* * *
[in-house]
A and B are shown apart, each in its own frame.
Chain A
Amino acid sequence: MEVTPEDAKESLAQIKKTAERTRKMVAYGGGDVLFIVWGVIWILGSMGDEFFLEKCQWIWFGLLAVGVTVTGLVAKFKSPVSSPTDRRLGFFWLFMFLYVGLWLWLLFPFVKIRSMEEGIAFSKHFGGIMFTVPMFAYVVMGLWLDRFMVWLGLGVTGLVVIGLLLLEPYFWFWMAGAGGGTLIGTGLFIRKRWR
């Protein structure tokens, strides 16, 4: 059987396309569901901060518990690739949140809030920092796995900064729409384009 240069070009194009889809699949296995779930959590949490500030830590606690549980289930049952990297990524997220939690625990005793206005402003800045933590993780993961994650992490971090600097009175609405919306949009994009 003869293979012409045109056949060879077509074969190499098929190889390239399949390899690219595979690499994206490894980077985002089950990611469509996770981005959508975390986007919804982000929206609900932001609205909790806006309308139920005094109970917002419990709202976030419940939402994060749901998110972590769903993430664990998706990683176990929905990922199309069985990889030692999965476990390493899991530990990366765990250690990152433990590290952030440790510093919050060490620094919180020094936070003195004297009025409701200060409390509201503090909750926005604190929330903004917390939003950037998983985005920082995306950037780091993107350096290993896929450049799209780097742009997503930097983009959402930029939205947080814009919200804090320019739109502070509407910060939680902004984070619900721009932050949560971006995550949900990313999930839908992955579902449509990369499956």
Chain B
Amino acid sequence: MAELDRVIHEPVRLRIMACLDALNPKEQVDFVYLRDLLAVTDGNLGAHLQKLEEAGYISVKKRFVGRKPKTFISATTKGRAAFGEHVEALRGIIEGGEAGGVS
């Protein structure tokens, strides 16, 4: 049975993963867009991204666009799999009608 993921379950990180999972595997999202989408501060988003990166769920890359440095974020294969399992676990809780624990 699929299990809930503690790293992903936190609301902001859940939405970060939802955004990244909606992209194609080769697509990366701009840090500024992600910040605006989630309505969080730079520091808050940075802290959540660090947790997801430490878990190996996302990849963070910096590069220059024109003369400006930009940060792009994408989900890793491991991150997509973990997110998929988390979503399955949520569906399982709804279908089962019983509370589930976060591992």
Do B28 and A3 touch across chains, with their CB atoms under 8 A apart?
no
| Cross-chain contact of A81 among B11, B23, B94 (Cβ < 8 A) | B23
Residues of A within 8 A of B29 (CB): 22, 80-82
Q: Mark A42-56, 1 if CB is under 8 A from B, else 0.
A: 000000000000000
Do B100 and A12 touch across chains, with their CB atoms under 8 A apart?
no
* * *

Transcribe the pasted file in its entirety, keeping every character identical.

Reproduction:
[in-house]
A and B are shown apart, each in its own frame.
Chain A
Amino acid sequence: MEVTPEDAKESLAQIKKTAERTRKMVAYGGGDVLFIVWGVIWILGSMGDEFFLEKCQWIWFGLLAVGVTVTGLVAKFKSPVSSPTDRRLGFFWLFMFLYVGLWLWLLFPFVKIRSMEEGIAFSKHFGGIMFTVPMFAYVVMGLWLDRFMVWLGLGVTGLVVIGLLLLEPYFWFWMAGAGGGTLIGTGLFIRKRWR
């Protein structure tokens, strides 16, 4: 059987396309569901901060518990690739949140809030920092796995900064729409384009 240069070009194009889809699949296995779930959590949490500030830590606690549980289930049952990297990524997220939690625990005793206005402003800045933590993780993961994650992490971090600097009175609405919306949009994009 003869293979012409045109056949060879077509074969190499098929190889390239399949390899690219595979690499994206490894980077985002089950990611469509996770981005959508975390986007919804982000929206609900932001609205909790806006309308139920005094109970917002419990709202976030419940939402994060749901998110972590769903993430664990998706990683176990929905990922199309069985990889030692999965476990390493899991530990990366765990250690990152433990590290952030440790510093919050060490620094919180020094936070003195004297009025409701200060409390509201503090909750926005604190929330903004917390939003950037998983985005920082995306950037780091993107350096290993896929450049799209780097742009997503930097983009959402930029939205947080814009919200804090320019739109502070509407910060939680902004984070619900721009932050949560971006995550949900990313999930839908992955579902449509990369499956």
Chain B
Amino acid sequence: MAELDRVIHEPVRLRIMACLDALNPKEQVDFVYLRDLLAVTDGNLGAHLQKLEEAGYISVKKRFVGRKPKTFISATTKGRAAFGEHVEALRGIIEGGEAGGVS
């Protein structure tokens, strides 16, 4: 049975993963867009991204666009799999009608 993921379950990180999972595997999202989408501060988003990166769920890359440095974020294969399992676990809780624990 699929299990809930503690790293992903936190609301902001859940939405970060939802955004990244909606992209194609080769697509990366701009840090500024992600910040605006989630309505969080730079520091808050940075802290959540660090947790997801430490878990190996996302990849963070910096590069220059024109003369400006930009940060792009994408989900890793491991991150997509973990997110998929988390979503399955949520569906399982709804279908089962019983509370589930976060591992």
Do B28 and A3 touch across chains, with their CB atoms under 8 A apart?
no
| Cross-chain contact of A81 among B11, B23, B94 (Cβ < 8 A) | B23
Residues of A within 8 A of B29 (CB): 22, 80-82
Q: Mark A42-56, 1 if CB is under 8 A from B, else 0.
A: 000000000000000
Do B100 and A12 touch across chains, with their CB atoms under 8 A apart?
no